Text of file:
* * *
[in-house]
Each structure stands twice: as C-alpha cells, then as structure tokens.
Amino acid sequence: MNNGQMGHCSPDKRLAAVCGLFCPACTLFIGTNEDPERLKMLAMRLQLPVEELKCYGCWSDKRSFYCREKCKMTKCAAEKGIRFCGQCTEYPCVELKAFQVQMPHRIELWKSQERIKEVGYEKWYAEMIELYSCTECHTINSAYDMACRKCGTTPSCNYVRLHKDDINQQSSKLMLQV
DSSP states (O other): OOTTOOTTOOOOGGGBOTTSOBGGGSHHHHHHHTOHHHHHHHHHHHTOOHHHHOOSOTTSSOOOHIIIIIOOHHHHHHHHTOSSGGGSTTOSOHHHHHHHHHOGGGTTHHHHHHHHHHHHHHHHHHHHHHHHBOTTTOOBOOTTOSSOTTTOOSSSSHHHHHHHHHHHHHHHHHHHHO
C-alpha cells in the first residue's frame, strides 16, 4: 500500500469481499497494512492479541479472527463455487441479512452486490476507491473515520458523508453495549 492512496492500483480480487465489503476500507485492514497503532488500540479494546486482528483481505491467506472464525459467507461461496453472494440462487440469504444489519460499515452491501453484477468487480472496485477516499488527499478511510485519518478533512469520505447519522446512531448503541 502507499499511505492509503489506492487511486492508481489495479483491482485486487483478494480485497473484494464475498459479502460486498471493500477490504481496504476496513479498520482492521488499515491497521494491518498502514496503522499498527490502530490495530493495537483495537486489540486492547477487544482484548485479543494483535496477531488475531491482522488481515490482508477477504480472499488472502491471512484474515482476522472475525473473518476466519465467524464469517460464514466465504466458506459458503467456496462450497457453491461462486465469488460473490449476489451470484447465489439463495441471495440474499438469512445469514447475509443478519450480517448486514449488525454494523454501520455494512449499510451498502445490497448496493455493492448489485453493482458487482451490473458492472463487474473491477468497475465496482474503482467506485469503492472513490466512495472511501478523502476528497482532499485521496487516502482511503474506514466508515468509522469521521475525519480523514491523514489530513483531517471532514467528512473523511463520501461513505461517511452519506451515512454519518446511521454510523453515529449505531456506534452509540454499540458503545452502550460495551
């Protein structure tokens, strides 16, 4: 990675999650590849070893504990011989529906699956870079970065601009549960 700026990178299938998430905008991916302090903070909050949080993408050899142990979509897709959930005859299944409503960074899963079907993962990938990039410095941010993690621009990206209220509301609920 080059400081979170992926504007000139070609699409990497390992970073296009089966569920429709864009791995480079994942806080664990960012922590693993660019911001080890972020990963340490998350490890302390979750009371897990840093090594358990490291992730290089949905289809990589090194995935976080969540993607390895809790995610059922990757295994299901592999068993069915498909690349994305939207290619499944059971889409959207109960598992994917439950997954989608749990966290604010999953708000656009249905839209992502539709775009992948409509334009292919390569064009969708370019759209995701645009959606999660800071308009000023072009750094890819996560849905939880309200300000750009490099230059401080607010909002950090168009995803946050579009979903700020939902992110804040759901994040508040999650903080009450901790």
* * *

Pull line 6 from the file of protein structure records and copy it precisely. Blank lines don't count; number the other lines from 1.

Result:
């Protein structure tokens, strides 16, 4: 990675999650590849070893504990011989529906699956870079970065601009549960 700026990178299938998430905008991916302090903070909050949080993408050899142990979509897709959930005859299944409503960074899963079907993962990938990039410095941010993690621009990206209220509301609920 080059400081979170992926504007000139070609699409990497390992970073296009089966569920429709864009791995480079994942806080664990960012922590693993660019911001080890972020990963340490998350490890302390979750009371897990840093090594358990490291992730290089949905289809990589090194995935976080969540993607390895809790995610059922990757295994299901592999068993069915498909690349994305939207290619499944059971889409959207109960598992994917439950997954989608749990966290604010999953708000656009249905839209992502539709775009992948409509334009292919390569064009969708370019759209995701645009959606999660800071308009000023072009750094890819996560849905939880309200300000750009490099230059401080607010909002950090168009995803946050579009979903700020939902992110804040759901994040508040999650903080009450901790």